Big Data opens huge opportunities for email marketers to better target consumers. Yet, consumers surely get freaked out with all that knowledge about them, right? Apparently, not across the board.
In some businesses at least, customers don’t mind and may even be enthusiastic if the personalized information collected gives them some value in return.
At CheapAir.com, Greg Samson, the vice president of marketing, says: “We've found that the most data-driven, potentially scary messages that result from signals that we get from following people, are the messages actually that our customers and our subscribers react the most positively to.”
Speaking at the MediaPost Email Insider Summit on Tuesday, Samson added that travel is a very personal activity and, while messages are “driven by data … but they seem to be coming from a person who has just reached out to this customer to help them.”
(CheapAir competes in the online travel booking space.)
Erin Levzow, director of e-commerce and interactive marketing at the Palms Casino Resort in Las Vegas, said customers appreciate staff knowing their preferences and making them a spa appointment or directing them to a favored slot machine.
While she said it is important not to get “too weird and creepy for people … they really like that, they feel welcome.”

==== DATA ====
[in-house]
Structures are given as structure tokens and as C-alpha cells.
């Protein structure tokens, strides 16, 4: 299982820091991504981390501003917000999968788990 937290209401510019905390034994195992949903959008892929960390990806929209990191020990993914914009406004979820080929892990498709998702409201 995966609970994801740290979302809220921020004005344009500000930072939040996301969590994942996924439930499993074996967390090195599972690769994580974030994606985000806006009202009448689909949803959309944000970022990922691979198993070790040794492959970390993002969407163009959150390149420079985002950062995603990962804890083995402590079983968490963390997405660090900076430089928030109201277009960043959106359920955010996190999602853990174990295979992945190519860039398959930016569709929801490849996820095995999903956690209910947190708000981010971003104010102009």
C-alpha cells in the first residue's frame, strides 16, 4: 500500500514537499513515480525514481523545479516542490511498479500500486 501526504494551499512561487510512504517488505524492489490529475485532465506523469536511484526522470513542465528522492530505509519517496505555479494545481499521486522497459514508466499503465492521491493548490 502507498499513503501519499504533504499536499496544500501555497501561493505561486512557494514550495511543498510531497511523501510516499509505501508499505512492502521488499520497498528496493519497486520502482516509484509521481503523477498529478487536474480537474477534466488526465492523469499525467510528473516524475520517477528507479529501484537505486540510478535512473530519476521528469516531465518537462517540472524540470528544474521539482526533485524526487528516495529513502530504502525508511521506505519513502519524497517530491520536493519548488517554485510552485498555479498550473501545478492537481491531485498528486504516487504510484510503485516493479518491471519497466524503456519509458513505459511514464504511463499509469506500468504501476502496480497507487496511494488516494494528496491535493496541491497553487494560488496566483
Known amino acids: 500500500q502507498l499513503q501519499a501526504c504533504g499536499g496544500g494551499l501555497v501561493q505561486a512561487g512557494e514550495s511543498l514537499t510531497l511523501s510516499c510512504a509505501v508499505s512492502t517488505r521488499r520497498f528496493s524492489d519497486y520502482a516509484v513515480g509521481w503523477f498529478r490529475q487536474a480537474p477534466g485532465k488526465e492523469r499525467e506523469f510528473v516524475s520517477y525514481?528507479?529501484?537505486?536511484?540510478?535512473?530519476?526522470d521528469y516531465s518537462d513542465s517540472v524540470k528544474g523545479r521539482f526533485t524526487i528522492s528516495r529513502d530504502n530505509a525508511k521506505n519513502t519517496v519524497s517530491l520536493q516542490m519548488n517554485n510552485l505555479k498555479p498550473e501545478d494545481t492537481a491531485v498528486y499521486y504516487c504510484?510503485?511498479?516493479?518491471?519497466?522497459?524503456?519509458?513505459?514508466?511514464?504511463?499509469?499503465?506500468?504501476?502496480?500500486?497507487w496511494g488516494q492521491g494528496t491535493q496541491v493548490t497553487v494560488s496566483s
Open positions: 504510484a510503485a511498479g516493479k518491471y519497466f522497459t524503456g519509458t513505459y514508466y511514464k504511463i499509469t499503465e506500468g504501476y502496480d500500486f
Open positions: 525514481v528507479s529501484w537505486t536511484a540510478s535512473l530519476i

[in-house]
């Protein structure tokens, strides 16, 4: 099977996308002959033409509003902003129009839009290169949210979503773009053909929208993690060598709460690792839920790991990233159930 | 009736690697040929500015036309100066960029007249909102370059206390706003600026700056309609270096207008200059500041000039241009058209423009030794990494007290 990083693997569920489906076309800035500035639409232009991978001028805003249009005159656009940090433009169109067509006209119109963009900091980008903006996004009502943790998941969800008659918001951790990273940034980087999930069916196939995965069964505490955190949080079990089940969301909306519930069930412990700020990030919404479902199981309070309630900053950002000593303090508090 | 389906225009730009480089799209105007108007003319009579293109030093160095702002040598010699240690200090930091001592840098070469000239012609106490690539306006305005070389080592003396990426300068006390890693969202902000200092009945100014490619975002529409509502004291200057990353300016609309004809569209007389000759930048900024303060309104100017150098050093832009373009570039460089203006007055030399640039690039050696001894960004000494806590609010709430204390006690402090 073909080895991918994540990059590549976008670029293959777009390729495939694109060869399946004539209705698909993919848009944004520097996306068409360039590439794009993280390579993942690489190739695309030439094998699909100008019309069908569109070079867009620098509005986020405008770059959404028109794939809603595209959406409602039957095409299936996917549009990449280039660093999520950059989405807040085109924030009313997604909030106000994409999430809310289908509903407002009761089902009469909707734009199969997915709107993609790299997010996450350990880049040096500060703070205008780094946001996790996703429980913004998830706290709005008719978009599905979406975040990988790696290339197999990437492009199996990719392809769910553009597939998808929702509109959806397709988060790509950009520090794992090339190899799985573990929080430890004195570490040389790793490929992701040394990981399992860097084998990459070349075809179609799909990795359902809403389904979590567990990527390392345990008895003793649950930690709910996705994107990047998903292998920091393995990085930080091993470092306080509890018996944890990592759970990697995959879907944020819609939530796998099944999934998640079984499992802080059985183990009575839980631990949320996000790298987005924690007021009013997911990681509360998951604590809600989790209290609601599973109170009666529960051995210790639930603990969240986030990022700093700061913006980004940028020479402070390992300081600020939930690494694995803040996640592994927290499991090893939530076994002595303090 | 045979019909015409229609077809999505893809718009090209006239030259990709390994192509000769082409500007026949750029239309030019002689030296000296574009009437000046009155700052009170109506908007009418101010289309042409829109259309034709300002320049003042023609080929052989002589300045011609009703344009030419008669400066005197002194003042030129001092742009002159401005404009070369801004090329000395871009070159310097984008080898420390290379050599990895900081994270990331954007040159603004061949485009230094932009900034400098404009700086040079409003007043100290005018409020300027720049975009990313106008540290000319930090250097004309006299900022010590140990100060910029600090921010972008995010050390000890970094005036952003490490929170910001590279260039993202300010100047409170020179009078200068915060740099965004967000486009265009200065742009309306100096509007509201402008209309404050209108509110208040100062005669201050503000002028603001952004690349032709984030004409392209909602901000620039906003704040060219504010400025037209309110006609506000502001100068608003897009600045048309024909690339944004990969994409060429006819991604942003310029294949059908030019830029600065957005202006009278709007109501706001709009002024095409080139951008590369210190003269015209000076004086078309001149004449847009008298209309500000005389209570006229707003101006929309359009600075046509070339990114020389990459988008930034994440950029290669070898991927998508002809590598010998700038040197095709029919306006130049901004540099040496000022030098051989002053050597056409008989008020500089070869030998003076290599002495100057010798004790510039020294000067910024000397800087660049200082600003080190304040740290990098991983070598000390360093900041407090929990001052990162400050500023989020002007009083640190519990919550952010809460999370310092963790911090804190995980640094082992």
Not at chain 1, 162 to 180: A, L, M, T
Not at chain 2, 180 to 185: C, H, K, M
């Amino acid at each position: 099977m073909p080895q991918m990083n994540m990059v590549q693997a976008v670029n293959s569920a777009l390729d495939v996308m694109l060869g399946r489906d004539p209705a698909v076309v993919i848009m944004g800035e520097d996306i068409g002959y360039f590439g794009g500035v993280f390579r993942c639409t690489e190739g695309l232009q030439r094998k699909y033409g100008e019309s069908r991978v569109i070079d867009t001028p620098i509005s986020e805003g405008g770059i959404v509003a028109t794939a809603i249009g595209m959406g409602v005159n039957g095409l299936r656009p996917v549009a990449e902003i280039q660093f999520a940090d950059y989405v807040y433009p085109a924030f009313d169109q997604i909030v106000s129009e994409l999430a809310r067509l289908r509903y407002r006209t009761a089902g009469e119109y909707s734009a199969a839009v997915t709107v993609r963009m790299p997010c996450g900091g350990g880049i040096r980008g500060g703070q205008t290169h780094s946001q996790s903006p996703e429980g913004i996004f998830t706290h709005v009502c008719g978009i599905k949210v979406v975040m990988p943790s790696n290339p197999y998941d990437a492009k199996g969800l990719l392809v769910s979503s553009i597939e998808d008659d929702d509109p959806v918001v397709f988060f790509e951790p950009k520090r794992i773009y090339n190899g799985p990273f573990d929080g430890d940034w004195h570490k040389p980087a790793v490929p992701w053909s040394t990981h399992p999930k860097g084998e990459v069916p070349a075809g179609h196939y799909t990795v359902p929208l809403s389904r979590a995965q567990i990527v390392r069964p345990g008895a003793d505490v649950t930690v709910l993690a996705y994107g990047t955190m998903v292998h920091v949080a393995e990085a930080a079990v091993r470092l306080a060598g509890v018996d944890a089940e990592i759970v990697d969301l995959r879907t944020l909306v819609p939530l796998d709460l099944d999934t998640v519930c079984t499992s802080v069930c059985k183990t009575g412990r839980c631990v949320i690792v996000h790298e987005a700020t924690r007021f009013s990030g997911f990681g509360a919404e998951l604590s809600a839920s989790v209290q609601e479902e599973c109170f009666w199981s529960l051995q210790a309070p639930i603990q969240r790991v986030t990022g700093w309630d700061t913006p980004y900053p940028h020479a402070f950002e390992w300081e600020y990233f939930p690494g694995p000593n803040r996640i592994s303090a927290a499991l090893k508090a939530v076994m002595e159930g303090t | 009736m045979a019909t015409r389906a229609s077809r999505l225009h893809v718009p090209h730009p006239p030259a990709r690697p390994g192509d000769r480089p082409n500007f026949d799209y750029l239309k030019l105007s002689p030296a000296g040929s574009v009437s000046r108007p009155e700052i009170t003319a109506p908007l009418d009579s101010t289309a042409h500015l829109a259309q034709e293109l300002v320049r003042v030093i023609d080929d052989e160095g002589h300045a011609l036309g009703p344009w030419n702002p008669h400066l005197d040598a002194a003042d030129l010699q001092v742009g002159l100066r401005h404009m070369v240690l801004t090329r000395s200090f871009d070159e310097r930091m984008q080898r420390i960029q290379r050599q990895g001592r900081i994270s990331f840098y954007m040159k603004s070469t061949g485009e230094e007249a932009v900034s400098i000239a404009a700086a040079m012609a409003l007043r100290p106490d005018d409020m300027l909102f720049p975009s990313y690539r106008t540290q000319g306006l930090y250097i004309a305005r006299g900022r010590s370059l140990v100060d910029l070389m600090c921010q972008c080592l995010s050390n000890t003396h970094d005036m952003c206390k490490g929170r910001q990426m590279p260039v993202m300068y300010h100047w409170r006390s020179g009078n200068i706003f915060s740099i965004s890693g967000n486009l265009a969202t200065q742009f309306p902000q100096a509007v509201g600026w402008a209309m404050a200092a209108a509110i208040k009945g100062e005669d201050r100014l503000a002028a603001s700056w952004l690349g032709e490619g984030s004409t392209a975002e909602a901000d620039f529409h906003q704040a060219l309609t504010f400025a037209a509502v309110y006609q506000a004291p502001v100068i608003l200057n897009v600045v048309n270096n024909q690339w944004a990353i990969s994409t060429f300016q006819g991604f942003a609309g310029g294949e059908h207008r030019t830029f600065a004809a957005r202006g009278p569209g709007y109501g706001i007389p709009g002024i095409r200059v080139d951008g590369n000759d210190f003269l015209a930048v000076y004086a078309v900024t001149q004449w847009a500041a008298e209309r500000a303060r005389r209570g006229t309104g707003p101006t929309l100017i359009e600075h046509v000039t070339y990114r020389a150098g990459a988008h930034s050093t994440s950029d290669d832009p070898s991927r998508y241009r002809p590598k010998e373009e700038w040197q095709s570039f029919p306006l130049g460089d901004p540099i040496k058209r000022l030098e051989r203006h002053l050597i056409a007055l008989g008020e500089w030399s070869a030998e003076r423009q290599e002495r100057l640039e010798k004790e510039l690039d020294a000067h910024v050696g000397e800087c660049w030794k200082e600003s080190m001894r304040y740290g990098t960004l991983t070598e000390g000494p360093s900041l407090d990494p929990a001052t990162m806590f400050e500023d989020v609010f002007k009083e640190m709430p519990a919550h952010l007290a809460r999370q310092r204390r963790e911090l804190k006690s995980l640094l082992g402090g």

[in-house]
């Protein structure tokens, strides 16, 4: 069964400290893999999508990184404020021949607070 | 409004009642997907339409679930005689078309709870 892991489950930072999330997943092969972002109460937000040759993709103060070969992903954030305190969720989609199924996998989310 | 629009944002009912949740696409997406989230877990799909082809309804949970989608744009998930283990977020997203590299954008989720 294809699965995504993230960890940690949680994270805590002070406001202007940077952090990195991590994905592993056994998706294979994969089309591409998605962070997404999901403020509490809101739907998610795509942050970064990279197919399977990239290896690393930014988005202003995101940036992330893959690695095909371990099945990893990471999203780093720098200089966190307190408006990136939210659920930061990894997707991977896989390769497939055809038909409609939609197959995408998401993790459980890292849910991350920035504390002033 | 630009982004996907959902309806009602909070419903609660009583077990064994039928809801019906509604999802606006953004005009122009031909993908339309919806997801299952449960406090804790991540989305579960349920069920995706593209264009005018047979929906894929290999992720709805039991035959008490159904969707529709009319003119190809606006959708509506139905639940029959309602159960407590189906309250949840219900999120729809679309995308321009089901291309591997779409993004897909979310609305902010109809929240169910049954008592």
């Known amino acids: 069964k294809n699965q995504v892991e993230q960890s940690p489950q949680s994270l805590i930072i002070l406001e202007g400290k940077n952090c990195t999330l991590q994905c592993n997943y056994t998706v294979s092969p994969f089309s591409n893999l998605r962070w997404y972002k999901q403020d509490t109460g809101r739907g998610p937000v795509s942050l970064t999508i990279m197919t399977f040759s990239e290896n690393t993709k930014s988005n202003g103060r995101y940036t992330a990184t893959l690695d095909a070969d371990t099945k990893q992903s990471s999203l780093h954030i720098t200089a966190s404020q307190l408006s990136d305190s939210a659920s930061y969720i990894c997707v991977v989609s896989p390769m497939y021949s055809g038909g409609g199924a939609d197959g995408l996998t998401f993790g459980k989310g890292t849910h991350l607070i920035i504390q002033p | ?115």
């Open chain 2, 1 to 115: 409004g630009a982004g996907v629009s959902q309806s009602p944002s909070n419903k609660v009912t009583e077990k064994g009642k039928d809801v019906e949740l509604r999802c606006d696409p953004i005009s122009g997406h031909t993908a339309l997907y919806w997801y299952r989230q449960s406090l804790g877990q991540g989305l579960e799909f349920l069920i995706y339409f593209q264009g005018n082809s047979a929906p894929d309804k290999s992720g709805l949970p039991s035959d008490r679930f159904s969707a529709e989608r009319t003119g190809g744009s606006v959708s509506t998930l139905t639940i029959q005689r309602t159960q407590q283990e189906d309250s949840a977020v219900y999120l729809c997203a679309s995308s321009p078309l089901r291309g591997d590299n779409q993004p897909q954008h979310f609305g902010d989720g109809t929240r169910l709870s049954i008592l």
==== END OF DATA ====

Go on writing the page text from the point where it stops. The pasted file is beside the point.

Levzow joined Samson on a Big Data panel and mentioned the casino industry has mounds of data from online hotel bookings to loyalty cards, which offers opportunities if it can be harnessed.
“If we don’t connect all that data and all those touchpoints, I’m not doing the best job I can (in) targeting that customer,” she said.
Big Data has gotten a lot of media play recently even though it is hardly new, but it still offers immense opportunity. According to Rapleaf CEO Phil Davis, the potential is there to find the “the holy grail of one-to-one marketing, getting the right message to the right person at the right time in the right way … at a cost that doesn’t cost more than the actual conversion.”
Casting forward, David Baker, an Acxiom vice president in multichannel marketing, said a Neiman Marcus for example will be able to obtain information on customer spending habits and propensities. “That’s big-time data, not big data,” he said.
Rapleaf’s Davis thinks Big Data will yield more automated analytic engines to help process the data coming with volume, velocity and variety as never seen before. Effective engines need to isolate “the data fields that moves the needle the most,” he said.
He said third-party data can be immensely effective. Rapleaf clients tend to spend between $3 and $20 to acquire an email address. Davis said though they generally don’t know how to take advantage swiftly, but data “will allow you to create much better first impressions.”